Yesterday Hot Air posted an article about voter registration in Ohio. Marc Elias is the general counsel for Hillary Clinton’s presidential campaign. Earlier this year he represented the Ohio Organizing Collaborative, a group challenging the state’s new voter identification law. The purpose of the group was to register voters to increase voter participation in elections. Well, some of the people they registered to vote were amazing.
The article reports:
Marc Elias, an attorney at Perkins Coie who has become the go-to fixer for Democrats and is now general counsel for Clinton’s presidential campaign, became involved with the Ohio Organizing Collaborative this May when he filed a lawsuit on its behalf to challenge the state’s voter identification laws.
Now the group is being investigated by the Ohio Bureau of Criminal investigation after a local board of elections alleged that 25 to 30 of the voter-registration applications that the group submitted appeared to be fraudulent…
“They have turned in roughly 530 voter registrations, of which five of them were dead people,” said Johnson. “They actually had the dead people’s drivers license numbers and Social Security numbers, and of course they forged the signatures of these dead people.”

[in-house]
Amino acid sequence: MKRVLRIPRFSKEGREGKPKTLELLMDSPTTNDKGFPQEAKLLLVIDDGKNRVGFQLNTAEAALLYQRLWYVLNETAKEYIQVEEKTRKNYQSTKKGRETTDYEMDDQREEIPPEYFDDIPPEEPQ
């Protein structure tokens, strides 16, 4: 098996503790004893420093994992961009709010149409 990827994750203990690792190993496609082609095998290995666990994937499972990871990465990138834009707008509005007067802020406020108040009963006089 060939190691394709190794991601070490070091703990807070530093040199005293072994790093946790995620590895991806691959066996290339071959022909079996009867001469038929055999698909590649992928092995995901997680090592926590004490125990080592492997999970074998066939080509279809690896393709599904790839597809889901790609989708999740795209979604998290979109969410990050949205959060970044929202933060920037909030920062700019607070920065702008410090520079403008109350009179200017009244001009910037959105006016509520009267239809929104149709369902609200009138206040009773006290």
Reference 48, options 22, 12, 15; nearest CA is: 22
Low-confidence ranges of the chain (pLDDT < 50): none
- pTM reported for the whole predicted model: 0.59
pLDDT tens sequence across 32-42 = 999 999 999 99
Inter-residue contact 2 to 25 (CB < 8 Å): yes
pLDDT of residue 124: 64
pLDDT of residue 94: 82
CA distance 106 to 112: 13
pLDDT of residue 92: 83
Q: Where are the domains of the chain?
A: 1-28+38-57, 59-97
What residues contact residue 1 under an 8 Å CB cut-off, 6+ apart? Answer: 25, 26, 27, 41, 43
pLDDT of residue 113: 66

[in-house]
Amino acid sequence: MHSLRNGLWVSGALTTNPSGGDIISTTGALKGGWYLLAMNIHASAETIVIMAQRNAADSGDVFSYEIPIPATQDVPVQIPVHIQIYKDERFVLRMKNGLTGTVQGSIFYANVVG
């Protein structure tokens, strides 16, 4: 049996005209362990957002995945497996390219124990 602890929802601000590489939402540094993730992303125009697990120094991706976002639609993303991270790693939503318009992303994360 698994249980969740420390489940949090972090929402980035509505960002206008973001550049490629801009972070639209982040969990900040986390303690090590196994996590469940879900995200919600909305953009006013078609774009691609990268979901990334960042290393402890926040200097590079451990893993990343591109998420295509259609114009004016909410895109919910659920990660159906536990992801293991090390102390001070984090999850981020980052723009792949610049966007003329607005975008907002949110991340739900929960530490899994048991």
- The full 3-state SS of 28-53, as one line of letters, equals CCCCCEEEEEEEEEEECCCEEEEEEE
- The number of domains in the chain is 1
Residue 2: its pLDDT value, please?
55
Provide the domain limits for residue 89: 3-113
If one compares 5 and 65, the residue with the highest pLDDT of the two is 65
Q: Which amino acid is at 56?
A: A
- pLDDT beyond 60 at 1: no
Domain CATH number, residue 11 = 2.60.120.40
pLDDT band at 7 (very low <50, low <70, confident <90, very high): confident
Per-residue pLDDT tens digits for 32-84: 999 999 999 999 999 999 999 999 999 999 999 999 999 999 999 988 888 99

It seems that Attorney Elias has an interesting history in supporting voter participation. In 2010 in the gubernatorial election in Minnesota, there were more votes that the total number of people who showed up and signed in to vote. One estimate puts the number at about 12,000, greater than the margin of victory claimed by Democrat, Mark Dayton. Attorney Elias argued the case, and Marc Dayton become the governor.
In making the case that going back and checking the ballots would be a waste of time, Attorney Elias stated:
“Once the ballots are opened and once you know the vote total, courts should be skeptical about procedural challenges that could have been brought earlier,” Elias said. “The time to challenge the voting process is before the election when the veil of ignorance still stands as to whether this process or that process benefits one candidate or another.”
Another example of the need for voter identification laws.